PNR: Who or what has been the biggest influence on your writing? Who has been your biggest support?
Jes B.: My family has always been hugely supportive. I actually finished Night Child during a pretty dark, difficult time in my life, and my parents were kind enough to let me essentially move back home for 6 months and steal their food, electricity, hot water, etc., like a creative leech. In terms of literary influences, it's all over the board. As a kid, I was drawn to the work of Diane Duane, Michael Ende, Peter S. Beagle, David Eddings, Ursula Leguin, and other feminist SF/fantasy writers. I also like experimental fantasy, including the work of Anne Carson, Jeanette Winterson, and Nicole Bossard.
PNR: Most writers are avid readers, is this true for you? What titles would we see in your TBR pile?
Jes B.: That stack is very high and always threatening to bury me. At the moment, I'm reading A Heartbreaking Work of Staggering Genius by Dave Eggers, as well as books on Viking and Mayan mythology for an upcoming project, and I've been nibbling at Proust's Swann's Way for what seems like an eternity. I'm also a big fan of graphic novels and zines, especially the work of Liz Baille (My Brain Hurts), Alison Bechdel (Fun Home), and Joe Sacco's Palestine. I want to re-read The Faerie Queene, and eventually I'm going to tackle Middlemarch and Anna Karenina. I always carry a copy of The Little Prince by Antoine St-de-Euxpery, everywhere I go.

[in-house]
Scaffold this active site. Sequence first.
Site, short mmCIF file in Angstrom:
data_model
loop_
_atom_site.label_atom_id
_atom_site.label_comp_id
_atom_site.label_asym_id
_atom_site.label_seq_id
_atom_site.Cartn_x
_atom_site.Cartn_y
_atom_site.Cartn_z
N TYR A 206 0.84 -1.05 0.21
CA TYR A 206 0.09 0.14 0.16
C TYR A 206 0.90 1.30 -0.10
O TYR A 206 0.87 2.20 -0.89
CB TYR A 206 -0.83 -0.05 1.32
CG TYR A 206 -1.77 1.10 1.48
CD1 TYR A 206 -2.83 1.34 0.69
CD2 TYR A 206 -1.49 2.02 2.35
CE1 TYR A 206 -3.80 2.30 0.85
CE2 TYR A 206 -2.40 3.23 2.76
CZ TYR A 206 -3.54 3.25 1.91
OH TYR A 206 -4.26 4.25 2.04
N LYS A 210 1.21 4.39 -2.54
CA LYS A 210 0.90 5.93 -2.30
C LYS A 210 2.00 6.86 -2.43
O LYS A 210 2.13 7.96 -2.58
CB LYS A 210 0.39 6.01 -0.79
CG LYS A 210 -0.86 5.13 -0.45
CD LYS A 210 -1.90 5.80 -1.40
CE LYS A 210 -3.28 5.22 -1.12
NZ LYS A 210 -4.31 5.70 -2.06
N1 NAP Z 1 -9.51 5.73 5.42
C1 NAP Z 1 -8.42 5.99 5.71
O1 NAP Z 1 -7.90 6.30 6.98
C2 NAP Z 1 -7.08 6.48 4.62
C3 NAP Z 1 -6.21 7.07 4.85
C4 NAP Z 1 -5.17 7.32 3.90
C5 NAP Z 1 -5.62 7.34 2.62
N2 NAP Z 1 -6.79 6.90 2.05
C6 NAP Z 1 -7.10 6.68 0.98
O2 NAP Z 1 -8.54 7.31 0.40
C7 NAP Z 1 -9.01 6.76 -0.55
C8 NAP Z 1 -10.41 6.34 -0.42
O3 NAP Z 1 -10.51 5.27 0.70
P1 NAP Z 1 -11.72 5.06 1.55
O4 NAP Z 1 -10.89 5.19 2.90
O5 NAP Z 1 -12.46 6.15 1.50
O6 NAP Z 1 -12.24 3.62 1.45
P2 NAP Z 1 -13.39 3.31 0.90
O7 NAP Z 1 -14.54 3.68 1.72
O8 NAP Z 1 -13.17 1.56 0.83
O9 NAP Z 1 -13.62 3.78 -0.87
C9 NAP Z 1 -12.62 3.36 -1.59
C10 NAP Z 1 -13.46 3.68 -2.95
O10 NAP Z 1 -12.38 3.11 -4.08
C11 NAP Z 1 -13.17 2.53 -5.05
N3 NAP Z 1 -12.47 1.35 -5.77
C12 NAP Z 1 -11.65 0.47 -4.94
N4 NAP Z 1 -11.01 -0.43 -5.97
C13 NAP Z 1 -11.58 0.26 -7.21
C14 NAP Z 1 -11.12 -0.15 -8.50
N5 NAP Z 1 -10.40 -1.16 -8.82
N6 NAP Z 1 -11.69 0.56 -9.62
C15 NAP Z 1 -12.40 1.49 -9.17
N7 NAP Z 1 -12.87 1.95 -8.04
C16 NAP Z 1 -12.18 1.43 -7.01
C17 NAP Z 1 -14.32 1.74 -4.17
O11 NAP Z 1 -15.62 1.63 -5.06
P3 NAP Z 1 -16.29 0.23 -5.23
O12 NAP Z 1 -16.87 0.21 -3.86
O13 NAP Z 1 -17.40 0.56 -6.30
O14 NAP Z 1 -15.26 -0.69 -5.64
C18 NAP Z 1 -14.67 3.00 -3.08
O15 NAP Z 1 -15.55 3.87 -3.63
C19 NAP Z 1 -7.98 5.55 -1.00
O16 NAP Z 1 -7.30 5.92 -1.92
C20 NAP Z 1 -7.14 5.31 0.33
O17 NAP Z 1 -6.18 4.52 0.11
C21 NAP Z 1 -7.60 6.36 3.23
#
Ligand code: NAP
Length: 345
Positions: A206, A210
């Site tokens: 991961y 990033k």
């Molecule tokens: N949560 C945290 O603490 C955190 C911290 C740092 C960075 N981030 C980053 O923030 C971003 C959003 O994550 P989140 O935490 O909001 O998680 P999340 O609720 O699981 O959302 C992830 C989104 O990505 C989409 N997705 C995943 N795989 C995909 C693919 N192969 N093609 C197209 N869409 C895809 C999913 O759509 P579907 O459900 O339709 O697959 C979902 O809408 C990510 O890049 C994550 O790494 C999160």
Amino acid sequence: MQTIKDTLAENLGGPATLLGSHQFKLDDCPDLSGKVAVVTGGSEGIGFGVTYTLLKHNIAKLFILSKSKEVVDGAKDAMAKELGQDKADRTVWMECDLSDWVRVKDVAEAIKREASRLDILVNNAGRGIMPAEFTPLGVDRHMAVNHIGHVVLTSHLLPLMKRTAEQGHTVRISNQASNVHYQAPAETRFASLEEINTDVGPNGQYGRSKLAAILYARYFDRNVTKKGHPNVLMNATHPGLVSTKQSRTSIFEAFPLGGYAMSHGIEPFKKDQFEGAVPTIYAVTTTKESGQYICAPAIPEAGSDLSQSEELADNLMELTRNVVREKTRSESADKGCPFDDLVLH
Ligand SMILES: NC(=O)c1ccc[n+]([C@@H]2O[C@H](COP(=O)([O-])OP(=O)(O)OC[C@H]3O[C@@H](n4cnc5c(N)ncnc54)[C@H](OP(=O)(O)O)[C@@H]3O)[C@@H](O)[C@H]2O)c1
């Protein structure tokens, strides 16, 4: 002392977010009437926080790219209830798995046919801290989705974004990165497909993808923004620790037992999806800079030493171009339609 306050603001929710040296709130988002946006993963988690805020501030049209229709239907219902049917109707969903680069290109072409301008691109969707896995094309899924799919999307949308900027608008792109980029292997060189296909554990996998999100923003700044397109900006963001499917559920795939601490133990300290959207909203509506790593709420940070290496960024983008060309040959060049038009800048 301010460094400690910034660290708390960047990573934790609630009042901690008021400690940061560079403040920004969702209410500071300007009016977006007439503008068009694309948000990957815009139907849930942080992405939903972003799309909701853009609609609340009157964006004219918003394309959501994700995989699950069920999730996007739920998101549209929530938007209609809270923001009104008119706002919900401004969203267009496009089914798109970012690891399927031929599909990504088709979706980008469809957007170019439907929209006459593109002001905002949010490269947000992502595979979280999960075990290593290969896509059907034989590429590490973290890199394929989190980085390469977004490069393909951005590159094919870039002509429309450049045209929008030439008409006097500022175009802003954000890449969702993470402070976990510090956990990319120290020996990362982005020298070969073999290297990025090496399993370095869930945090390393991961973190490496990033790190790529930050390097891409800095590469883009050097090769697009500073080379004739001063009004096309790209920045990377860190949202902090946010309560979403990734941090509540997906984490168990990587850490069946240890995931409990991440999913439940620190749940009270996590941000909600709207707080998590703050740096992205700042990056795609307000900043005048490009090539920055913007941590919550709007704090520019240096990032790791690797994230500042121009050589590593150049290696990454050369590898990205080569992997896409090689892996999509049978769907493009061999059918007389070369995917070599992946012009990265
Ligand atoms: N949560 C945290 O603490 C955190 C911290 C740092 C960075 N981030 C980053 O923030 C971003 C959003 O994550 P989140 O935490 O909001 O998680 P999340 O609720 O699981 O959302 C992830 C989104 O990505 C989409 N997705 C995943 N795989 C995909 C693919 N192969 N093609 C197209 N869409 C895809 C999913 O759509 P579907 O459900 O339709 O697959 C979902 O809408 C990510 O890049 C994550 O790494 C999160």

PNR: What do you feel are the essential elements of a great story?
Jes B.: Some would say plot, but I think that if the characters are engaging and have that spark of life, then plot and diction will sort of fall into place around them. You can have a razor-sharp plot and/or beautiful, elegant writing, but if the characters don't set up camp in my brain and start acting like they're alive…it's not working for me. I always begin with an extended family of characters and then let the plot develop from there. In terms of SF and fantasy writing, I'd like to see more diversity: the protags shouldn't always be white, straight, and middle-class. I'd like to see more characters who identify as queer, or disabled, or mixed-race, or who don’t sound like runway models. Urban Fantasy covers are particularly bad for picturing tall, leggy, sexy women on their covers, often in a ridiculous pose, wearing micro-skirts and carrying crossbows. But you never see Harry Dresden from The Dresden Files in shorts and a tank-top. Enough with the creepy double standard/